Wall Street cuts lending to coal

coal mining banks

Coal is getting too dirty for Wall Street to touch.

After years of pressure from climate activists, a growing number of big banks are now pledging to cut financing to the increasingly-risky coal industry.

Morgan Stanley (MS) and Wells Fargo (WFC) became the latest to say the coal industry can no longer count on them to bankroll all of their activities. The announcements coincided with the start of the climate summit in Paris this week, where leaders from many nations are gathered to find ways to cut carbon emissions over the next decade.

Coal is central to that effort. Coal-fired power plants are a major source of greenhouse gas emissions. Environmentalists are vehemently opposed to mountaintop removal, a method of coal mining that disrupts the local ecosystem and threatens nearby communities.

Both Morgan Stanley and Wells Fargo on Monday said they will no longer finance mountaintop removal mining nor companies that heavily rely on the controversial tactic. They join Bank of America (BAC) and Citigroup (C), both of which made similar commitments to cut support for coal mining earlier this year.

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Bankers change their tune on coal

Morgan Stanley went a step further, saying it will decline all financing deals that directly support new or expanded coal-fired power generation plants in the U.S. and other developed economies unless technology is in place to capture carbon emissions. Goldman Sachs has made a similar pledge.

"Climate change poses significant risks to the global economy," Morgan Stanley wrote in its updated coal policy.

Climate activists at the Rainforest Action Network have for years been pushing banks to cut coal loose.

"It's unethical to be banking an industry blowing up mountains in Appalachia to mine coal," said Ben Collins, senior research and policy campaigner at RAN.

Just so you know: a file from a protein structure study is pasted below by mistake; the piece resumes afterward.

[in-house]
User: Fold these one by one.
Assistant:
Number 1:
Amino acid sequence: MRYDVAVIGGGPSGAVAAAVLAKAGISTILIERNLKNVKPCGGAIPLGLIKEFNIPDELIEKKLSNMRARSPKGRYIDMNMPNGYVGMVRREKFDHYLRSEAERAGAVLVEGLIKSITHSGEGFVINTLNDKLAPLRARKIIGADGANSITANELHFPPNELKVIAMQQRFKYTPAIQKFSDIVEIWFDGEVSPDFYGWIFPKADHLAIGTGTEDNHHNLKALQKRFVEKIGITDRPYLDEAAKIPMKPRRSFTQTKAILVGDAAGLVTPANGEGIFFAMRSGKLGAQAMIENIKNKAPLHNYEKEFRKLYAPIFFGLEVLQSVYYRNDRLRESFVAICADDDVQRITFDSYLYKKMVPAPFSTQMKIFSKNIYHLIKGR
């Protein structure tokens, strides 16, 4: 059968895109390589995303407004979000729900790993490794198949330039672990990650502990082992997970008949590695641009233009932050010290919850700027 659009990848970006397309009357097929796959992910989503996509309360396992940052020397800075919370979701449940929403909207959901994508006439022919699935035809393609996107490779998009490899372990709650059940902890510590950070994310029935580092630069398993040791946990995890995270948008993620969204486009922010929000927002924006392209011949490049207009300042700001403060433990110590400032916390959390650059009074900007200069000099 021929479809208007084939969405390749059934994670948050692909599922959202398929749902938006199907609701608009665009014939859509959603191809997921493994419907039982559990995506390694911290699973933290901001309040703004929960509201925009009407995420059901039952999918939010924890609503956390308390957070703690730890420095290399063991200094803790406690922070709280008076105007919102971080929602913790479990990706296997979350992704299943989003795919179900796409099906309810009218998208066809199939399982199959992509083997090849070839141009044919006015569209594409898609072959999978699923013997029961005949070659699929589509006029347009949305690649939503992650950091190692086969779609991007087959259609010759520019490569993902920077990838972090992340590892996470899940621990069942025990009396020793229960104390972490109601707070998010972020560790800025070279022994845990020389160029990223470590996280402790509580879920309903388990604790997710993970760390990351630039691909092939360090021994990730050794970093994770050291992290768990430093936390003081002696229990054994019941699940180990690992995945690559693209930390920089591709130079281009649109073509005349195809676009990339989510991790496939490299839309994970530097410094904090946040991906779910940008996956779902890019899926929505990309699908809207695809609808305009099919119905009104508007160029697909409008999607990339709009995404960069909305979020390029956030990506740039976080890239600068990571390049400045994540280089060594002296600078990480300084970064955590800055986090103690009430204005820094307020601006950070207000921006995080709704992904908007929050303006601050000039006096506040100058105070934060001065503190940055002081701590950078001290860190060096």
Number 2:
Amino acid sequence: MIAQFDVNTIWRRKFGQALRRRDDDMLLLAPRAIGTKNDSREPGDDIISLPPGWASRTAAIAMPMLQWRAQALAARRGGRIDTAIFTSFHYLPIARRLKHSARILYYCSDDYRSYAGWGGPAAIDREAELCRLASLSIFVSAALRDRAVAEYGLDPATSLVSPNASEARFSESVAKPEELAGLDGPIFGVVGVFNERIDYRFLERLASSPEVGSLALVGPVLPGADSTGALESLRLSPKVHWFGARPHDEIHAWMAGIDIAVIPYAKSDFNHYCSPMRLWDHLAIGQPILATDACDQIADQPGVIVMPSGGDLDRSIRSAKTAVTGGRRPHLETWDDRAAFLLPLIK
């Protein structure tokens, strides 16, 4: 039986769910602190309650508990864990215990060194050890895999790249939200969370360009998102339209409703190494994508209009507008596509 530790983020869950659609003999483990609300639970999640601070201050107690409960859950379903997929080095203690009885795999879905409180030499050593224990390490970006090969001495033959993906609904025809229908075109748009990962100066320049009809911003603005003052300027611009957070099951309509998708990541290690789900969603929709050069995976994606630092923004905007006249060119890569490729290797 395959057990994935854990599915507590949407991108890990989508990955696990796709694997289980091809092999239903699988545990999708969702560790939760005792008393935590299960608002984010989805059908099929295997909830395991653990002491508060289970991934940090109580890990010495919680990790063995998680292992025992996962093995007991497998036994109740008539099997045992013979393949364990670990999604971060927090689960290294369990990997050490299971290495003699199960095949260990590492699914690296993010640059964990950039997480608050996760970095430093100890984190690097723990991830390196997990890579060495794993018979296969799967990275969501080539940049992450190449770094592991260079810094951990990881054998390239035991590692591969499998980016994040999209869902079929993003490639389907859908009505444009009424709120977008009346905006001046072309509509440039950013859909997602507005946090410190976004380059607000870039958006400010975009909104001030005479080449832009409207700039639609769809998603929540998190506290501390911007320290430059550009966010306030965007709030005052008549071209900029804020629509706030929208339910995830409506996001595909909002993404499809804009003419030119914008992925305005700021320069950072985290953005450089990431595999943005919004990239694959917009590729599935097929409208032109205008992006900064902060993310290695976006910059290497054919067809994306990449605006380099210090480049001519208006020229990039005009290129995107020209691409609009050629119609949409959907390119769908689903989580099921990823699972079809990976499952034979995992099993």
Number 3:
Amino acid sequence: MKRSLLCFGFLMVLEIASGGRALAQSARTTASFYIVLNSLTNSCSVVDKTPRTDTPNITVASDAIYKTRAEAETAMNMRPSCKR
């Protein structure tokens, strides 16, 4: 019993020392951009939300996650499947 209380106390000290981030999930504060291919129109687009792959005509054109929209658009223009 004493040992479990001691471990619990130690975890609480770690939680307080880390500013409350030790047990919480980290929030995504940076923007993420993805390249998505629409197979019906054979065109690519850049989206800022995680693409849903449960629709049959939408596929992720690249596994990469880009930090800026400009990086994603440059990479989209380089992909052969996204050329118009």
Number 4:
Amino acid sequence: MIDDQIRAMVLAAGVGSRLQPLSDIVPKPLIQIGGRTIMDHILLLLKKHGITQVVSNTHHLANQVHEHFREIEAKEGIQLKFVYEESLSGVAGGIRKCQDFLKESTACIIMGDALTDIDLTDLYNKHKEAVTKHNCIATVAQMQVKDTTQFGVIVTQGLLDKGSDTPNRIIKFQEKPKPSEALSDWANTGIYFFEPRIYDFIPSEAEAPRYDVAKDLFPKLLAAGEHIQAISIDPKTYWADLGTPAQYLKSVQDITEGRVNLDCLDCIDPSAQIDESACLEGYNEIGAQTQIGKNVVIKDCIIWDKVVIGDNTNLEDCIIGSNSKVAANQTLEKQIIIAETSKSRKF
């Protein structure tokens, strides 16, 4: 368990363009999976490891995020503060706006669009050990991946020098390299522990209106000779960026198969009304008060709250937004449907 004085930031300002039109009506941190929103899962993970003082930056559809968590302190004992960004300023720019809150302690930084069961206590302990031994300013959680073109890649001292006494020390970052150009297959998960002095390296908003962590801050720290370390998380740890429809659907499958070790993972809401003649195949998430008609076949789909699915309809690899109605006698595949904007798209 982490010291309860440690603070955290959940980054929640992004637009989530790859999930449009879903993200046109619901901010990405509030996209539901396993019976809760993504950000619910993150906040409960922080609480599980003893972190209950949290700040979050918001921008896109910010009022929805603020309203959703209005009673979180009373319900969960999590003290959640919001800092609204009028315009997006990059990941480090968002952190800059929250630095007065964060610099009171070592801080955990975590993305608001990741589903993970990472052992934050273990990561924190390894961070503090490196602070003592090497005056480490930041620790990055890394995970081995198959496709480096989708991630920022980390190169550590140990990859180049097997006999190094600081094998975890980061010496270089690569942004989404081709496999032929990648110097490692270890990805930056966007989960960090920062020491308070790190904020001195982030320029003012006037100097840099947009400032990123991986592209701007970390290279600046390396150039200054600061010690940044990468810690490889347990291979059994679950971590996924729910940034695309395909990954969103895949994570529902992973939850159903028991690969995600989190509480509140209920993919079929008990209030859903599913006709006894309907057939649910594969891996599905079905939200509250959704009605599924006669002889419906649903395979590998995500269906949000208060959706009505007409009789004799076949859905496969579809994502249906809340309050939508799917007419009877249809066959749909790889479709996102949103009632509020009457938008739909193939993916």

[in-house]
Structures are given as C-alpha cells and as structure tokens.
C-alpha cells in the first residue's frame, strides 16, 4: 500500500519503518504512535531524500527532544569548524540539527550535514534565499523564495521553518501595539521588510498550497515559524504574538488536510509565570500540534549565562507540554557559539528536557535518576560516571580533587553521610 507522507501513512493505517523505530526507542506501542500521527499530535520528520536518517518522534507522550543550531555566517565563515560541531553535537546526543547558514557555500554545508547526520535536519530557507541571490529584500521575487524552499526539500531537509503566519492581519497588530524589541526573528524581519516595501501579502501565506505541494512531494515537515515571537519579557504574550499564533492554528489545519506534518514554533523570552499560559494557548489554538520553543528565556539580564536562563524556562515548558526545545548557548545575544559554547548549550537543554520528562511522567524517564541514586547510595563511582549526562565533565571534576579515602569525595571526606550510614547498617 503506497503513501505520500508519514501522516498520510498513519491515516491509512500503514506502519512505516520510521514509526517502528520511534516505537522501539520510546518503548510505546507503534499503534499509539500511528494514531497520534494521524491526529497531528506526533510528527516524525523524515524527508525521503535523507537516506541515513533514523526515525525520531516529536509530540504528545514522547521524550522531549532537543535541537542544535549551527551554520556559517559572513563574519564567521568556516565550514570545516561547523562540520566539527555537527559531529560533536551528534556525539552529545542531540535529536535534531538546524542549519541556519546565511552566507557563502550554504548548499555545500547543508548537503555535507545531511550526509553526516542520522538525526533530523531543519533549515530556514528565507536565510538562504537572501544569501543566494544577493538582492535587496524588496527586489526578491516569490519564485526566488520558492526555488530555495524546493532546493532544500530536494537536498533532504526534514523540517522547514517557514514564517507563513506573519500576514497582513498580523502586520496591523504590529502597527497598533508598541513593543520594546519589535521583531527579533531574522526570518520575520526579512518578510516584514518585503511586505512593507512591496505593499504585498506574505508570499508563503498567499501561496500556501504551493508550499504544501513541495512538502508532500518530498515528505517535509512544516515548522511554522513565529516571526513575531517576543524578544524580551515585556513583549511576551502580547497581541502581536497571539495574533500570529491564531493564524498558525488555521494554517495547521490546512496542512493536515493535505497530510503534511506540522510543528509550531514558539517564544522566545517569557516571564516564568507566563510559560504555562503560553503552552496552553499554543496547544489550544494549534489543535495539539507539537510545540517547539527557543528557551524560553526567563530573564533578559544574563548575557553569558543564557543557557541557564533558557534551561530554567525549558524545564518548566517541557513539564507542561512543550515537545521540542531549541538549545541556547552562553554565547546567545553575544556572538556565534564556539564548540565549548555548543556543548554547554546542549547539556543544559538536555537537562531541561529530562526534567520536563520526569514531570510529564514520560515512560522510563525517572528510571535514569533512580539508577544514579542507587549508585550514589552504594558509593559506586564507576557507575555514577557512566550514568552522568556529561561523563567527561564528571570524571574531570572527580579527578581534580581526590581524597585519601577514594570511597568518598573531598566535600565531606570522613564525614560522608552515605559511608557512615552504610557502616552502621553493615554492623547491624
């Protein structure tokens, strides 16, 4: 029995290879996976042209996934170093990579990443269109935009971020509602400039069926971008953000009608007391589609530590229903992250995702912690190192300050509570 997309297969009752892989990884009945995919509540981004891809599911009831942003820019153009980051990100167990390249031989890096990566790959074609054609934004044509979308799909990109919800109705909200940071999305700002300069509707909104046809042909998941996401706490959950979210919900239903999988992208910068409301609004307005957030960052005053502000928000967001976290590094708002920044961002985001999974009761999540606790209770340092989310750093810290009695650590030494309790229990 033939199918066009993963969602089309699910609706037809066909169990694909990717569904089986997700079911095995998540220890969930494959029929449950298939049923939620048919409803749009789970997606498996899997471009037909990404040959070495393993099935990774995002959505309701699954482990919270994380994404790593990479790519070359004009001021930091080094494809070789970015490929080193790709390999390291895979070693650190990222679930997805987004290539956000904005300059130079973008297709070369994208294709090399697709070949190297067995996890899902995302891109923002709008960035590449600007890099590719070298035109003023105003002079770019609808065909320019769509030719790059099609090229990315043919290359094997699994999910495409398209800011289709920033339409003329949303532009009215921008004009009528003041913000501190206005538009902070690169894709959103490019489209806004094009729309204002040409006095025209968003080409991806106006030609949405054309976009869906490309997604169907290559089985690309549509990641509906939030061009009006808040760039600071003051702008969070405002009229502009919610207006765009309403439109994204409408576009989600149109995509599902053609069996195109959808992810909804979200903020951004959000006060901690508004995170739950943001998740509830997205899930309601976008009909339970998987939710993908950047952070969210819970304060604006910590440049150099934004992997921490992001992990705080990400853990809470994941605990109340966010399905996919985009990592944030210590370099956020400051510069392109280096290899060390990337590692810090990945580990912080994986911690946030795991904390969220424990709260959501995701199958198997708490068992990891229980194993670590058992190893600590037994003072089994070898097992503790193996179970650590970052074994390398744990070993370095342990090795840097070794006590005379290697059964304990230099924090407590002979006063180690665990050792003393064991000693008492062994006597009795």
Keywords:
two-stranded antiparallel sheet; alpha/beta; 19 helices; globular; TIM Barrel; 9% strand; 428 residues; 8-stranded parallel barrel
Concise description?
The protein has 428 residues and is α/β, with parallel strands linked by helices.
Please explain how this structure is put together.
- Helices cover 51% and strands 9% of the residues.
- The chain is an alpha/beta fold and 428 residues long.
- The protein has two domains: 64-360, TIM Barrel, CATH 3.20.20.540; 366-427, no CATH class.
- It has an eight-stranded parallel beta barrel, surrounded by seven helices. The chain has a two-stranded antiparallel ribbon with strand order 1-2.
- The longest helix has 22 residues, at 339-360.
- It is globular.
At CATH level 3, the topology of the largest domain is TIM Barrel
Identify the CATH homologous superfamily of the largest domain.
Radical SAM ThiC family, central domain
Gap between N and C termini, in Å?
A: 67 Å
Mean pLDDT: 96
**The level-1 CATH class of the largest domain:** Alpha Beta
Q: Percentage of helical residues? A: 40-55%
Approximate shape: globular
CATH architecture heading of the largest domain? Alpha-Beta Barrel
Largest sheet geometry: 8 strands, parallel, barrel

Collins said there's been a "real shift" in banks' perception of the industry. "Now banks are acknowledging that coal is incompatible with stabilizing the climate," he said.

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Coal industry is risky for lenders anyway

It's worth remembering that coal isn't exactly a great business right now. Not only is coal a dirty word among environmentalists, its price has collapsed to multiple year lows and few expect demand for coal to rise in the future.

In other words, the writing is on the wall and the banks aren't solely being motivated by a desire to go green.

"The coal industry is in decline. That's what is driving this," said Tim Puls, an equity analyst at Morningstar who covers banks. Puls argues that if there was money to be made, "these banks would still be lending to the industry."

Coal companies have been slammed by low prices and tough federal regulations.

The Dow Jones U.S. Coal Index, which captures the stock prices of the largest coal companies, has lost a stunning 95% of its value since July 2011. A number of coal companies have filed for bankruptcy, including Alpha Natural Resources (ANRZQ), Walter Energy (WLTGQ), Patriot Coal and James River Coal (JRCCQ).

Banks acknowledge the economic forces at play. Wells Fargo told CNNMoney it "has been and will continue to limit and reduce" credit exposure to coal due to a number of issues, including "market factors."

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Are banks going far enough?

Of course, Wall Street isn't completely stepping away from coal.

While many of the big banks have cut back on financing coal power plants in the U.S., they haven't ruled out those projects in developing economies. They point to the importance of affordable energy to alleviate poverty in those markets.

JPMorgan Chase (JPM) and Goldman Sachs (GS), two of the industry's biggest players, haven't gone as far as some of their rivals.

A Goldman spokesman told CNNMoney its renewable energy lending is now multiples higher than coal mining, which is relatively small.

A JPMorgan spokeswoman noted that the bank began cutting its exposure to mountaintop mining in 2013 and expects it to decline going forward.

Climate activists plan to keep pushing the banks to dump coal and hold to their promises.

"It's clear which banks are moving forward on coal and which banks are lagging. The policies and facts speak for themselves," said Collins from the Rainforest Action group.

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